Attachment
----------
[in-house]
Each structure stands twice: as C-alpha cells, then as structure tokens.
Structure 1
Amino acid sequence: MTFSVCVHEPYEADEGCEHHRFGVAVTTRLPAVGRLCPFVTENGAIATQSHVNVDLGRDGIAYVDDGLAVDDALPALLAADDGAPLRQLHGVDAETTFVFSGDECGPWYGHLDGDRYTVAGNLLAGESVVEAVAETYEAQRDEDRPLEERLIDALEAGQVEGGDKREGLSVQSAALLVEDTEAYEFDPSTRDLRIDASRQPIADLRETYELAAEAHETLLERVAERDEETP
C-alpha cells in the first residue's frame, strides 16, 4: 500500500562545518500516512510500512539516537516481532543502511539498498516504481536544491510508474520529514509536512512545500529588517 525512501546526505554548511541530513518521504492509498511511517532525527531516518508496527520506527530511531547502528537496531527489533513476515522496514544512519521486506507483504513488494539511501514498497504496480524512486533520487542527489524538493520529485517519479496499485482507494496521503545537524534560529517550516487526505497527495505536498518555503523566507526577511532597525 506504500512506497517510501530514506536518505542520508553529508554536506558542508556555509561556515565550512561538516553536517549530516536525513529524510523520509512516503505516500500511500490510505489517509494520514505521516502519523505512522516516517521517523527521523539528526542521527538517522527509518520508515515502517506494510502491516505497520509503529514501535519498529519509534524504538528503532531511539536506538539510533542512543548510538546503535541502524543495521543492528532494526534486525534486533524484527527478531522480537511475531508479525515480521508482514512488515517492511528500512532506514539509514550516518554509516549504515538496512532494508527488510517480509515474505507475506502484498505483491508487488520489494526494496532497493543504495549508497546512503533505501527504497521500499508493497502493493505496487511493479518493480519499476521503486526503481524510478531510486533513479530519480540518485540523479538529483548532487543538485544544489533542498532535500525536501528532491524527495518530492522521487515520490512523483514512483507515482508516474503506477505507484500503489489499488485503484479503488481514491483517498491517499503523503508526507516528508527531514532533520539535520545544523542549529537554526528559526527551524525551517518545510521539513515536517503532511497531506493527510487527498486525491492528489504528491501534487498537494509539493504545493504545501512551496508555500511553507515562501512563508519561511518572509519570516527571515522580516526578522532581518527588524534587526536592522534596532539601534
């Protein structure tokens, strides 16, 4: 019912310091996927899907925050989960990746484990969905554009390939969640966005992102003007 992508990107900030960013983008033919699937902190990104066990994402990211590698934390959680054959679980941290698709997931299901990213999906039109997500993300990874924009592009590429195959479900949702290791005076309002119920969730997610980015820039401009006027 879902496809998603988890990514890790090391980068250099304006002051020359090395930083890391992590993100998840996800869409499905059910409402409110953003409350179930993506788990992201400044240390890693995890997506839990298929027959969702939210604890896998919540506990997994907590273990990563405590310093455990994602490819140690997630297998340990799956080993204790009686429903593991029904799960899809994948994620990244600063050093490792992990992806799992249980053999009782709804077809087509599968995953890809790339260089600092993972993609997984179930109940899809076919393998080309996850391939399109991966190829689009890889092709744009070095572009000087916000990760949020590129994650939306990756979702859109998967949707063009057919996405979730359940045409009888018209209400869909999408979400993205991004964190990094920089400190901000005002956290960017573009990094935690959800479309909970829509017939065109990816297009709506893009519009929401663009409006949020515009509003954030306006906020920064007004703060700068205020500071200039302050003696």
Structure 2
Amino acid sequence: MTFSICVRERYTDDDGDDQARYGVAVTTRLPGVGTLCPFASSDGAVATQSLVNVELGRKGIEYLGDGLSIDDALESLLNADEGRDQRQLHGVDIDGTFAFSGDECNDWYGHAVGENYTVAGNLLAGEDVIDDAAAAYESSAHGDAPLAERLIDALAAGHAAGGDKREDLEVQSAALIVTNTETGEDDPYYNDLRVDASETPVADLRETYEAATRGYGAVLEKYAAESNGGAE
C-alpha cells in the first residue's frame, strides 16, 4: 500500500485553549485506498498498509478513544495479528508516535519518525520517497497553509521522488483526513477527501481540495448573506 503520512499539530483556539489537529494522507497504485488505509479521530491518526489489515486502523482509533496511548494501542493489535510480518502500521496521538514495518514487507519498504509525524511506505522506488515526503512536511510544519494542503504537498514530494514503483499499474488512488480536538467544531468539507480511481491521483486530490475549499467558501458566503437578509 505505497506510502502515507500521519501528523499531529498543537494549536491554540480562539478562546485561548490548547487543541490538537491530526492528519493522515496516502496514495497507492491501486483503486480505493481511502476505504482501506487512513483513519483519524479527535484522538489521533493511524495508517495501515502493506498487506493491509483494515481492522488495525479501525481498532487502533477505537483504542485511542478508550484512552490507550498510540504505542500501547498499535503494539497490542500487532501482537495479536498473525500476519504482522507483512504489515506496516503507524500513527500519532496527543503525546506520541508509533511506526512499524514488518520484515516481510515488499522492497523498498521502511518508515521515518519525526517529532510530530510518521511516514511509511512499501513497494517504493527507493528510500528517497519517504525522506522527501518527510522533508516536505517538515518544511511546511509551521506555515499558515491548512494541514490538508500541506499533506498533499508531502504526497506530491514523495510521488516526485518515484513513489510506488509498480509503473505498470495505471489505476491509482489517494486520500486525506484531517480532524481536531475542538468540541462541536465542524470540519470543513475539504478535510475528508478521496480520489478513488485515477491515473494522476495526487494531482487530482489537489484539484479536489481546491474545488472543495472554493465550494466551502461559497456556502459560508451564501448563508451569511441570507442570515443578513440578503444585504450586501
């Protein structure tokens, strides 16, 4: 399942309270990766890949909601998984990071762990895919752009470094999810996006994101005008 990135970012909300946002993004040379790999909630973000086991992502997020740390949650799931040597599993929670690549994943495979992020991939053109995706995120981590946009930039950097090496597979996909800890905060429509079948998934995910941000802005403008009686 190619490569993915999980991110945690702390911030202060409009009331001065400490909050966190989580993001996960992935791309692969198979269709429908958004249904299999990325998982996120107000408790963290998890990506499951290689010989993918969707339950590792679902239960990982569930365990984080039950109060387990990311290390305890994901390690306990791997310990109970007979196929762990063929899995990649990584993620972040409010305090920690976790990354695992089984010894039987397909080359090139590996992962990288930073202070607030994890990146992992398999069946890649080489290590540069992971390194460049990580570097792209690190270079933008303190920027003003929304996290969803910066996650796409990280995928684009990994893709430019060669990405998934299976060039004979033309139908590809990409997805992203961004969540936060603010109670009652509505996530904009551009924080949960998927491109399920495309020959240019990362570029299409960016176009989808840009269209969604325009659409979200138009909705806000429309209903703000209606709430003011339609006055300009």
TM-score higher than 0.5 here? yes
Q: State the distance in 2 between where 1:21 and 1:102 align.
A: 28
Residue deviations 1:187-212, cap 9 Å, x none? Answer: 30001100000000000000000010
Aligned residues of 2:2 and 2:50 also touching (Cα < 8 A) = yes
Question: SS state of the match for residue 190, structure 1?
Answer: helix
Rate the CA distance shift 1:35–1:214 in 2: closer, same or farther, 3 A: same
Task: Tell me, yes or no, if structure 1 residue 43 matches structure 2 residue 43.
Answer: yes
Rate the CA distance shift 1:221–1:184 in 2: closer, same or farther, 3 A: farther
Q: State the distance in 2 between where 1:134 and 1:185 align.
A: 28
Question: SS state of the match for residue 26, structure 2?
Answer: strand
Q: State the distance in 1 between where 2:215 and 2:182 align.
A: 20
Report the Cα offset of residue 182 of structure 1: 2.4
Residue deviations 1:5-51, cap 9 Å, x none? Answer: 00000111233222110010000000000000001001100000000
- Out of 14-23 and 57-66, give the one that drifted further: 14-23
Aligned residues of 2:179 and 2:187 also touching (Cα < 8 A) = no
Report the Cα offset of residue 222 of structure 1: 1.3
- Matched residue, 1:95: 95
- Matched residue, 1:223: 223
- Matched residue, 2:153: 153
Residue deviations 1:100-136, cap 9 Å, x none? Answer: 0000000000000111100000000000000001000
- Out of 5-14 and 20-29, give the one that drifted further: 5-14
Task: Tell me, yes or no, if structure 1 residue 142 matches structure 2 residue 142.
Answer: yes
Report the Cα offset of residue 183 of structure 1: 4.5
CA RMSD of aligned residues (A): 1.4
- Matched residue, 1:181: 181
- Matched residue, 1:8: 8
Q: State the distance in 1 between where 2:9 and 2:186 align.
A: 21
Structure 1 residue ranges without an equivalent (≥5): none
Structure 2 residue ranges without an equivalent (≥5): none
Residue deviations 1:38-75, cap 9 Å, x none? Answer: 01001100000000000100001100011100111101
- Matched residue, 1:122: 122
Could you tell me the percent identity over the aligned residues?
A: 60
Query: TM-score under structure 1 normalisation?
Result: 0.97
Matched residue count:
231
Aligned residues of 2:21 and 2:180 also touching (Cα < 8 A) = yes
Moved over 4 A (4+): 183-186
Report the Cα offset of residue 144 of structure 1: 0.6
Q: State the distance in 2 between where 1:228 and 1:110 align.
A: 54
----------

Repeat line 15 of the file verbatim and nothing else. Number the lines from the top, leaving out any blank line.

Aligned residues of 2:2 and 2:50 also touching (Cα < 8 A) = yes